Riley Locklear

'New beginning' for Vols midyear enrollee Riley Locklear

Before jumpstarting his college football career at Tennessee, offensive lineman Riley Locklear spoke with IT.

Riley Locklear is as articulate and organized as any player in Tennessee's recruiting class.

The Spring Valley (W.Va.) High School product used some of that sense to graduate early and get started on college life in Knoxville, moving into Stokely Hall over the weekend. 

“I’m really excited to begin a new beginning to really be able to work out and come in early and really meet with the coaches and just build on the relationships that I’ve made with them,” Locklear told InsideTennessee. “It’s definitely an exciting time. I like to be around new people and socialize and do those kinds of things. So I’m really looking forward to it.”

Locklear is one of three offensive linemen on Tennessee’s commitment list of 2017, joining McMinnville’s K’Rojhn Calbert and Jackson’s Trey Smith.

“We actually have our own group (text) message,” Locklear said. “We’ve spoke on the phone with each other, we exchange stuff daily with each other just building a relationship between ourselves. I’ve talked to Trey multiple times now. He’s a great guy; he’s a really great kid. It’s special when you’re able to bring in a guy like that who also says, ‘Hey, I want to build a relationship with the guy I play football with.’ So he’s a great football player and great guy. I like him a lot.

“I actually messaged (Calbert) the day he committed because before his commitment, I was the lone offensive line commit. I’ve kind of known him for awhile. He seems to be a great kid, too.”

The West Virginia native took his official visit to Knoxville in December. He shut down his recruitment in July, firmly stayed committed to Tennessee and never took his other four official visits.

“From the other times that I was on campus, I got to sit down and hang out with some of those guys just briefly,” Locklear said. “I was able to watch (Tennessee offensive line) coach (Don) Mahoney coach his guys, do film sessions, watch coach Jones and how he was involved in practice. Whenever I went on my official visit, I got to hang out with Dylan Wiesman and I got to hang out with Josh Dobbs and some of the older guys and really got to sit down and see what they were like. I got to sit down with some of the younger guys, too. I really feel like I fit in with those guys, and they’re a really special group of kids.”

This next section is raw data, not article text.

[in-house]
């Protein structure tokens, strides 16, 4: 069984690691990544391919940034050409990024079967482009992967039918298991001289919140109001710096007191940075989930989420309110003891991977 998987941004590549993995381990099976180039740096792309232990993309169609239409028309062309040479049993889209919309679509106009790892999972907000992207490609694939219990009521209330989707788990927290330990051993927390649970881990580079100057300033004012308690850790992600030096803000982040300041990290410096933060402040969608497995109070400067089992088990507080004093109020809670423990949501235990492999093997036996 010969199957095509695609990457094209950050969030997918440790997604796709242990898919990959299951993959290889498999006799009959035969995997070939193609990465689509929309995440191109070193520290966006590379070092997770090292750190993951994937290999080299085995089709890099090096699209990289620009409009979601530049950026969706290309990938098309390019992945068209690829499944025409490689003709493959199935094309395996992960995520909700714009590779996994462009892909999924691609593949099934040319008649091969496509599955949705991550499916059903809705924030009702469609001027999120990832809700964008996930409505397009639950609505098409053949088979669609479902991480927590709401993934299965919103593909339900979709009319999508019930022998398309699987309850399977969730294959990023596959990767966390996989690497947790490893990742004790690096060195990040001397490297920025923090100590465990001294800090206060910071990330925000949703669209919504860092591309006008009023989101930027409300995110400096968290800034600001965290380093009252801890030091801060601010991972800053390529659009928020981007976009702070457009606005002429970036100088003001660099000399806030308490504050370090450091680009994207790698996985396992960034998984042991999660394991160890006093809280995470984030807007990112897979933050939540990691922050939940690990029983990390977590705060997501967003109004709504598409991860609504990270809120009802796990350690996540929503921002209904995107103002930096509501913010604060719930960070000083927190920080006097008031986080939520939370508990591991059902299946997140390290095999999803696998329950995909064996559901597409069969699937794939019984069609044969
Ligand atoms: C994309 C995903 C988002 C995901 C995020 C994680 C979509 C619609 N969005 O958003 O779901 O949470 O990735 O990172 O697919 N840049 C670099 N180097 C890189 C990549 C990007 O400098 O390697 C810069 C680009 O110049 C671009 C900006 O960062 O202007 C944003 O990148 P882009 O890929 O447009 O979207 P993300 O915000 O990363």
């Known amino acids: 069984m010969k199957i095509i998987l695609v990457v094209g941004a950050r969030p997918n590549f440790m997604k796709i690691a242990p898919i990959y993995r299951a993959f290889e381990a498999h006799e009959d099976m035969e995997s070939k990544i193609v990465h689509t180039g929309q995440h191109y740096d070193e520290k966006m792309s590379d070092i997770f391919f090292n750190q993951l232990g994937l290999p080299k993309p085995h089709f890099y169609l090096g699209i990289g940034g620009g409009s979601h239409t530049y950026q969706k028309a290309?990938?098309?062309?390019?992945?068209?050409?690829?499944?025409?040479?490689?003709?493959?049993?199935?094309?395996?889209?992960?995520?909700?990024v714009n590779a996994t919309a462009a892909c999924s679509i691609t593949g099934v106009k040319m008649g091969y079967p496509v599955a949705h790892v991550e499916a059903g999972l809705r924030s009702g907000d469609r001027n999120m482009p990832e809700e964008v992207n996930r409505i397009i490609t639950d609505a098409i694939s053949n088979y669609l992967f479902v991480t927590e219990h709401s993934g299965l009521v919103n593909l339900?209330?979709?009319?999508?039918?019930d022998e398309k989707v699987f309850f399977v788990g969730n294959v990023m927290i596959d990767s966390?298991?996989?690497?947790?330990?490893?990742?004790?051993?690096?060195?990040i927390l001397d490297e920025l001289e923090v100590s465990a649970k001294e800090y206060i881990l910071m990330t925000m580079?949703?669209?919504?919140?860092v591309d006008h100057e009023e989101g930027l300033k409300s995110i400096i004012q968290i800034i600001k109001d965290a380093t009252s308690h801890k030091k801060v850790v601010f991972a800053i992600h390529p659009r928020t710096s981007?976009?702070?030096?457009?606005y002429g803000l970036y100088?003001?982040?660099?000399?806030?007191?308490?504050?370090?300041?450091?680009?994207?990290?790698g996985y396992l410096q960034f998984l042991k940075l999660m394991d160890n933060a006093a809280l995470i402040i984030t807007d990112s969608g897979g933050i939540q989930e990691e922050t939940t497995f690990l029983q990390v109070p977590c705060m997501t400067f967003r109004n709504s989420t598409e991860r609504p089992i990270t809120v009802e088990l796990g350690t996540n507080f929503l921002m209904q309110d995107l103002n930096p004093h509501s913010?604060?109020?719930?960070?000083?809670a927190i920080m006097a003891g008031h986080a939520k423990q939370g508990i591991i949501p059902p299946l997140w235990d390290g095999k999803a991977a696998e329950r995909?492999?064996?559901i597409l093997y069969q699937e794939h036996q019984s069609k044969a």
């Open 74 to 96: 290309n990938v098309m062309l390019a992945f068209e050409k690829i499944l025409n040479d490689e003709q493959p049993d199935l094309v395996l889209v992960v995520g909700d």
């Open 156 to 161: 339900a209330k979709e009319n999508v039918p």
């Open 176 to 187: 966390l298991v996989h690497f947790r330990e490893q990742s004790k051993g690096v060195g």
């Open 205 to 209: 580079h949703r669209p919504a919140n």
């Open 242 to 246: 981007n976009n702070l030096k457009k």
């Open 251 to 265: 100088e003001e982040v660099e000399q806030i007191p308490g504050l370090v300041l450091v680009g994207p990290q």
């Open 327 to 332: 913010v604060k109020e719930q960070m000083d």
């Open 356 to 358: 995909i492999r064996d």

The 6-foot-5, 297-pounder must go forward into his career at Tennessee without knowing who the offensive coordinator will be after Mike DeBord left to return to the Hoosier State.

“I was kind of sad because I’d built a relationship with him,” Locklear said. “I talked with him. It’s a bad situation anytime you have an offensive coordinator leave, and I was sad to hear that he had left. I really feel like he was a good coach, he was a great guy once you got to know him. I was just sad to see that he had left.

“(Butch Jones) called me, and he talked to me briefly about it just to inform me that (DeBord) had indeed left before anybody else was able to contact me. He has not talked to me or released any information on who the new offensive coordinator would be or dropped any hints or anything. It’s going be exciting to see who the new offensive coordinator will be.”

A positional home is expected to be on the interior of the Vols front.

“I feel like if I work at it, and I succeed there and I really start to grow there, I feel like I’ll end up playing center — center or guard,” Locklear said.

Coleman Thomas returns this season as Tennessee’s starting center. At guard, Venzell Boulware, Jack Jones and Jashon Robertson all return starters’ experience. Locklear could be in line to redshirt.

“I’m open to that for any time that if my coaches feel like I need more development before I’m able to play on the field,” Locklear said. “Redshirting, it’s not always a bad thing. Sometimes it’s for the best. So, I’ll take a redshirt. If they say, ‘You’re good enough to come in every once in awhile and play,’ that’s fine with me also. Just whichever one, I’m going to leave that up to my coaches and hopefully they’ll make the best decision for the team.”

What number the blocker will wear has been one of the lone question marks about his future in orange.

“I would kind of like to either keep 75 or to change to my brother’s current number right now — 77,” he said.

Locklear plans to major in Exercise Science or Kinesiology.


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